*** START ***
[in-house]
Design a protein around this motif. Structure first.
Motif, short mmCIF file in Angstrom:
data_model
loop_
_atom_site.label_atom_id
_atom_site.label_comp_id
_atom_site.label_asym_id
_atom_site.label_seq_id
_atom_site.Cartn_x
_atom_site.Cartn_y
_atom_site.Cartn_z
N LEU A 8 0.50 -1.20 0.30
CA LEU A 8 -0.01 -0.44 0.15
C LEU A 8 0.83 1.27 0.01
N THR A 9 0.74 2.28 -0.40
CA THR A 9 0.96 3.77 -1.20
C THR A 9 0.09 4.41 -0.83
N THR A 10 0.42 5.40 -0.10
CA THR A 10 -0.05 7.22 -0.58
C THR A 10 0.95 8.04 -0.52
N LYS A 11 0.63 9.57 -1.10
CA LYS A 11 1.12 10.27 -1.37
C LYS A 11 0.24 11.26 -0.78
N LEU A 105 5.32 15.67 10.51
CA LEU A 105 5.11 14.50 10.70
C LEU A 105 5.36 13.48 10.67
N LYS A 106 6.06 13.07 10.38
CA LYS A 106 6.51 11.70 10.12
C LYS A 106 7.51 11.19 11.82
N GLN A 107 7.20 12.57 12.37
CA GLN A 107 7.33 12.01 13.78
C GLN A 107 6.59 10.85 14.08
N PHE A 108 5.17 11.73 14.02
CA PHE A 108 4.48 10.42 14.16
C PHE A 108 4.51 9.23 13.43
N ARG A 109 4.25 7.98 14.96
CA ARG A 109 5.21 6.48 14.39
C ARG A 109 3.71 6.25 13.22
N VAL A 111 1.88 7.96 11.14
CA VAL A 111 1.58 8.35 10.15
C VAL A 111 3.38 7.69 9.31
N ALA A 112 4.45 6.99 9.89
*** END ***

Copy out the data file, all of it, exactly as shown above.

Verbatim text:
[in-house]
Design a protein around this motif. Structure first.
Motif, short mmCIF file in Angstrom:
data_model
loop_
_atom_site.label_atom_id
_atom_site.label_comp_id
_atom_site.label_asym_id
_atom_site.label_seq_id
_atom_site.Cartn_x
_atom_site.Cartn_y
_atom_site.Cartn_z
N LEU A 8 0.50 -1.20 0.30
CA LEU A 8 -0.01 -0.44 0.15
C LEU A 8 0.83 1.27 0.01
N THR A 9 0.74 2.28 -0.40
CA THR A 9 0.96 3.77 -1.20
C THR A 9 0.09 4.41 -0.83
N THR A 10 0.42 5.40 -0.10
CA THR A 10 -0.05 7.22 -0.58
C THR A 10 0.95 8.04 -0.52
N LYS A 11 0.63 9.57 -1.10
CA LYS A 11 1.12 10.27 -1.37
C LYS A 11 0.24 11.26 -0.78
N LEU A 105 5.32 15.67 10.51
CA LEU A 105 5.11 14.50 10.70
C LEU A 105 5.36 13.48 10.67
N LYS A 106 6.06 13.07 10.38
CA LYS A 106 6.51 11.70 10.12
C LYS A 106 7.51 11.19 11.82
N GLN A 107 7.20 12.57 12.37
CA GLN A 107 7.33 12.01 13.78
C GLN A 107 6.59 10.85 14.08
N PHE A 108 5.17 11.73 14.02
CA PHE A 108 4.48 10.42 14.16
C PHE A 108 4.51 9.23 13.43
N ARG A 109 4.25 7.98 14.96
CA ARG A 109 5.21 6.48 14.39
C ARG A 109 3.71 6.25 13.22
N VAL A 111 1.88 7.96 11.14
CA VAL A 111 1.58 8.35 10.15
C VAL A 111 3.38 7.69 9.31
N ALA A 112 4.45 6.99 9.89